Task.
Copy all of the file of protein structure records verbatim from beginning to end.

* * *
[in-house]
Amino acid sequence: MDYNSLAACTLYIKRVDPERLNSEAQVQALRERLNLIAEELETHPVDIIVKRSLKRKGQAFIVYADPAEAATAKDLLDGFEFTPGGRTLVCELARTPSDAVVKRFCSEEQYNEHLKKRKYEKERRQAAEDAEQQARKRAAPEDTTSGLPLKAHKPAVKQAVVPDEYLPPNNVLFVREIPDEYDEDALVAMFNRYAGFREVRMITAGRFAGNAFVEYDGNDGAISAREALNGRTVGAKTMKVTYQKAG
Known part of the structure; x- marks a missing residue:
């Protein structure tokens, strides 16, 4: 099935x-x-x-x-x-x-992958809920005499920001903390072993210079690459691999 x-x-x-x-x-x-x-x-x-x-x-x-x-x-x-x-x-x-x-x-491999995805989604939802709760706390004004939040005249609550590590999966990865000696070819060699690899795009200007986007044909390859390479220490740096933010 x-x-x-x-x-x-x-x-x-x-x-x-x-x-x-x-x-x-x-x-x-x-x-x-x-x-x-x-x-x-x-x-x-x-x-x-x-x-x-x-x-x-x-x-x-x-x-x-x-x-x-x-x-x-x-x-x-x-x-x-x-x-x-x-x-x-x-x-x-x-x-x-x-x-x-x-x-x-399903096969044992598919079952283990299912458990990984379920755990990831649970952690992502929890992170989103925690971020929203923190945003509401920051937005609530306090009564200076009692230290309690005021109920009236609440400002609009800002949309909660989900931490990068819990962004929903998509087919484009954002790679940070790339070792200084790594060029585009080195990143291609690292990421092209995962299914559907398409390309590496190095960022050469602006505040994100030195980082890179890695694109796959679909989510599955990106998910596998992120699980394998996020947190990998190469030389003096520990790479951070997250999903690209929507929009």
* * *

[in-house]
Amino acid sequence: MDYNSLAACTLYIKRVDPERLNSEAQVQALRERLNLIAEELETHPVDIIVKRSLKRKGQAFIVYADPAEAATAKDLLDGFEFTPGGRTLVCELARTPSDAVVKRFCSEEQYNEHLKKRKYEKERRQAAEDAEQQARKRAAPEDTTSGLPLKAHKPAVKQAVVPDEYLPPNNVLFVREIPDEYDEDALVAMFNRYAGFREVRMITAGRFAGNAFVEYDGNDGAISAREALNGRTVGAKTMKVTYQKAG
Known part of the structure; x- marks a missing residue:
């Protein structure tokens, strides 16, 4: 099935x-x-x-x-x-x-992958809920005499920001903390072993210079690459691999 x-x-x-x-x-x-x-x-x-x-x-x-x-x-x-x-x-x-x-x-491999995805989604939802709760706390004004939040005249609550590590999966990865000696070819060699690899795009200007986007044909390859390479220490740096933010 x-x-x-x-x-x-x-x-x-x-x-x-x-x-x-x-x-x-x-x-x-x-x-x-x-x-x-x-x-x-x-x-x-x-x-x-x-x-x-x-x-x-x-x-x-x-x-x-x-x-x-x-x-x-x-x-x-x-x-x-x-x-x-x-x-x-x-x-x-x-x-x-x-x-x-x-x-x-399903096969044992598919079952283990299912458990990984379920755990990831649970952690992502929890992170989103925690971020929203923190945003509401920051937005609530306090009564200076009692230290309690005021109920009236609440400002609009800002949309909660989900931490990068819990962004929903998509087919484009954002790679940070790339070792200084790594060029585009080195990143291609690292990421092209995962299914559907398409390309590496190095960022050469602006505040994100030195980082890179890695694109796959679909989510599955990106998910596998992120699980394998996020947190990998190469030389003096520990790479951070997250999903690209929507929009």